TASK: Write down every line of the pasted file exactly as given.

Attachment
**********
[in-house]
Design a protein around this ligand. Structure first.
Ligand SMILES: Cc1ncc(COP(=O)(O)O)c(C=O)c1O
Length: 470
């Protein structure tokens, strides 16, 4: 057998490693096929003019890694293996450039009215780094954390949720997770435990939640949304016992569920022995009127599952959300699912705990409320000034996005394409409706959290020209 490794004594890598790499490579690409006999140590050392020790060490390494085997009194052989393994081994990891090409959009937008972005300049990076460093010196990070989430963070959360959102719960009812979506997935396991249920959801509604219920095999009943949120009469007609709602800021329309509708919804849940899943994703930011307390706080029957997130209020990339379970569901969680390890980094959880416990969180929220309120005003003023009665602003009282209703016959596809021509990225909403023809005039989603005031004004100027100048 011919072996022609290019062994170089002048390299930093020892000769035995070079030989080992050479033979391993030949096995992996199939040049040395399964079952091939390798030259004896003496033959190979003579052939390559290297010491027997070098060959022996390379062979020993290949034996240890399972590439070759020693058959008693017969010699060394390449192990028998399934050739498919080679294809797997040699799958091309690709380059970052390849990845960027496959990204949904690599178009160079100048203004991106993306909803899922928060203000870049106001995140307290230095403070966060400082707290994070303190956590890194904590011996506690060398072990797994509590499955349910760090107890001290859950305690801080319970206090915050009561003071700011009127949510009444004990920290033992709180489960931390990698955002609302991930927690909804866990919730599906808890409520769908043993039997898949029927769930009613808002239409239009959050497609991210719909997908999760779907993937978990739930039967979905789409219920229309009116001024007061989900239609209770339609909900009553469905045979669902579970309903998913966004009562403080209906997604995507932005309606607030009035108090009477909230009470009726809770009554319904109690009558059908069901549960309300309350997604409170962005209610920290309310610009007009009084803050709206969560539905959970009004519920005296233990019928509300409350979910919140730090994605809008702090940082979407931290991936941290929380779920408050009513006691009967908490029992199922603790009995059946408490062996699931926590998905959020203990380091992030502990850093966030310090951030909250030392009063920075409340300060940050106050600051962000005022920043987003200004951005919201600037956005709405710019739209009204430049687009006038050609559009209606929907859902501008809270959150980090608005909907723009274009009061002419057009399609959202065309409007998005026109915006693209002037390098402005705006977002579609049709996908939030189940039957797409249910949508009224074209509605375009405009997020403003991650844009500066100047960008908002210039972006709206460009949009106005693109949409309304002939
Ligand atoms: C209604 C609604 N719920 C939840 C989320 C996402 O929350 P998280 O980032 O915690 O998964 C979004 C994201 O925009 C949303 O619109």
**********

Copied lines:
[in-house]
Design a protein around this ligand. Structure first.
Ligand SMILES: Cc1ncc(COP(=O)(O)O)c(C=O)c1O
Length: 470
């Protein structure tokens, strides 16, 4: 057998490693096929003019890694293996450039009215780094954390949720997770435990939640949304016992569920022995009127599952959300699912705990409320000034996005394409409706959290020209 490794004594890598790499490579690409006999140590050392020790060490390494085997009194052989393994081994990891090409959009937008972005300049990076460093010196990070989430963070959360959102719960009812979506997935396991249920959801509604219920095999009943949120009469007609709602800021329309509708919804849940899943994703930011307390706080029957997130209020990339379970569901969680390890980094959880416990969180929220309120005003003023009665602003009282209703016959596809021509990225909403023809005039989603005031004004100027100048 011919072996022609290019062994170089002048390299930093020892000769035995070079030989080992050479033979391993030949096995992996199939040049040395399964079952091939390798030259004896003496033959190979003579052939390559290297010491027997070098060959022996390379062979020993290949034996240890399972590439070759020693058959008693017969010699060394390449192990028998399934050739498919080679294809797997040699799958091309690709380059970052390849990845960027496959990204949904690599178009160079100048203004991106993306909803899922928060203000870049106001995140307290230095403070966060400082707290994070303190956590890194904590011996506690060398072990797994509590499955349910760090107890001290859950305690801080319970206090915050009561003071700011009127949510009444004990920290033992709180489960931390990698955002609302991930927690909804866990919730599906808890409520769908043993039997898949029927769930009613808002239409239009959050497609991210719909997908999760779907993937978990739930039967979905789409219920229309009116001024007061989900239609209770339609909900009553469905045979669902579970309903998913966004009562403080209906997604995507932005309606607030009035108090009477909230009470009726809770009554319904109690009558059908069901549960309300309350997604409170962005209610920290309310610009007009009084803050709206969560539905959970009004519920005296233990019928509300409350979910919140730090994605809008702090940082979407931290991936941290929380779920408050009513006691009967908490029992199922603790009995059946408490062996699931926590998905959020203990380091992030502990850093966030310090951030909250030392009063920075409340300060940050106050600051962000005022920043987003200004951005919201600037956005709405710019739209009204430049687009006038050609559009209606929907859902501008809270959150980090608005909907723009274009009061002419057009399609959202065309409007998005026109915006693209002037390098402005705006977002579609049709996908939030189940039957797409249910949508009224074209509605375009405009997020403003991650844009500066100047960008908002210039972006709206460009949009106005693109949409309304002939
Ligand atoms: C209604 C609604 N719920 C939840 C989320 C996402 O929350 P998280 O980032 O915690 O998964 C979004 C994201 O925009 C949303 O619109």